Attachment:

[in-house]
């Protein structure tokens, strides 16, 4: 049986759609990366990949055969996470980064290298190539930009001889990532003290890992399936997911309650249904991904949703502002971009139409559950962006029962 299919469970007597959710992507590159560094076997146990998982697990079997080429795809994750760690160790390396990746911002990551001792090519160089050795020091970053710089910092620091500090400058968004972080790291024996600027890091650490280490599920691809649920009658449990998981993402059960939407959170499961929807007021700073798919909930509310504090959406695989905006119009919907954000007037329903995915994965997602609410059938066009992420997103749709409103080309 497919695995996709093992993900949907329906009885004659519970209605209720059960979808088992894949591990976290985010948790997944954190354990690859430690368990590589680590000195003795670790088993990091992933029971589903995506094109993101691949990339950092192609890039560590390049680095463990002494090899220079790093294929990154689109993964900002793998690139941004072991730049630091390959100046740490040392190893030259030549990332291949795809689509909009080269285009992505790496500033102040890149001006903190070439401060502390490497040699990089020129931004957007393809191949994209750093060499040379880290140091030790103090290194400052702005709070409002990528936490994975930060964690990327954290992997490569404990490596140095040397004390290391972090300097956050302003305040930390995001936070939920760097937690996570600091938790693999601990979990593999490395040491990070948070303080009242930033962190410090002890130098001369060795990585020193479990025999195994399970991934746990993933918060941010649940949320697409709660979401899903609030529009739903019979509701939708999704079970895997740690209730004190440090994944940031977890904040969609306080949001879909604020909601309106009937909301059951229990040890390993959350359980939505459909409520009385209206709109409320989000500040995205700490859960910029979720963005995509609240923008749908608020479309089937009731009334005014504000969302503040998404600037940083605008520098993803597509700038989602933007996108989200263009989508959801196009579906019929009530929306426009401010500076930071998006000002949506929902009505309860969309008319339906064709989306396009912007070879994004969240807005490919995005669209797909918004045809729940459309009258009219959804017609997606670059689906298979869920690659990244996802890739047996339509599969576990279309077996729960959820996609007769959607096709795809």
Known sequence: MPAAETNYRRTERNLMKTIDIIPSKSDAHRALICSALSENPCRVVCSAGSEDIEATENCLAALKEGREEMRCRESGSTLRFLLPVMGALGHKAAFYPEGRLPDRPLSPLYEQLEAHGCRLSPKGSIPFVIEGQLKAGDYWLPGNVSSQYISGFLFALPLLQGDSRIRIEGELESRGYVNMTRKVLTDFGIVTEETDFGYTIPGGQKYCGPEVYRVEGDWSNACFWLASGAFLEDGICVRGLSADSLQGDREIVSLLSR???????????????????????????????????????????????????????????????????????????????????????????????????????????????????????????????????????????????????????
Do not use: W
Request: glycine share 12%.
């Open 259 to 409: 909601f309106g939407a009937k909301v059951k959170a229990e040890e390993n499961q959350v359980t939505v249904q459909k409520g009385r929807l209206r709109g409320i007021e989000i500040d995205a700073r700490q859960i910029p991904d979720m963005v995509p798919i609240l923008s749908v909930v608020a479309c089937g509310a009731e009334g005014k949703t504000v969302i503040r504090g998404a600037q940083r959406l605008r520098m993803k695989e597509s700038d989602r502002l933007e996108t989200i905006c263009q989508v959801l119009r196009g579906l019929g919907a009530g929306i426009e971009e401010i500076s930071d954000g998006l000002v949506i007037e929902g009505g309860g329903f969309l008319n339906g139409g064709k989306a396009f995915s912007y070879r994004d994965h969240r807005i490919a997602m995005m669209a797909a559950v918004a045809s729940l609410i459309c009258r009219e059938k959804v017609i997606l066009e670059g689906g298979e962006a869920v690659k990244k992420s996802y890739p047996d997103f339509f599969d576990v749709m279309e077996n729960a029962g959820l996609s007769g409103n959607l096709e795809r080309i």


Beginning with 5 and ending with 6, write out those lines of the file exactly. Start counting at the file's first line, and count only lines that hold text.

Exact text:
Request: glycine share 12%.
């Open 259 to 409: 909601f309106g939407a009937k909301v059951k959170a229990e040890e390993n499961q959350v359980t939505v249904q459909k409520g009385r929807l209206r709109g409320i007021e989000i500040d995205a700073r700490q859960i910029p991904d979720m963005v995509p798919i609240l923008s749908v909930v608020a479309c089937g509310a009731e009334g005014k949703t504000v969302i503040r504090g998404a600037q940083r959406l605008r520098m993803k695989e597509s700038d989602r502002l933007e996108t989200i905006c263009q989508v959801l119009r196009g579906l019929g919907a009530g929306i426009e971009e401010i500076s930071d954000g998006l000002v949506i007037e929902g009505g309860g329903f969309l008319n339906g139409g064709k989306a396009f995915s912007y070879r994004d994965h969240r807005i490919a997602m995005m669209a797909a559950v918004a045809s729940l609410i459309c009258r009219e059938k959804v017609i997606l066009e670059g689906g298979e962006a869920v690659k990244k992420s996802y890739p047996d997103f339509f599969d576990v749709m279309e077996n729960a029962g959820l996609s007769g409103n959607l096709e795809r080309i």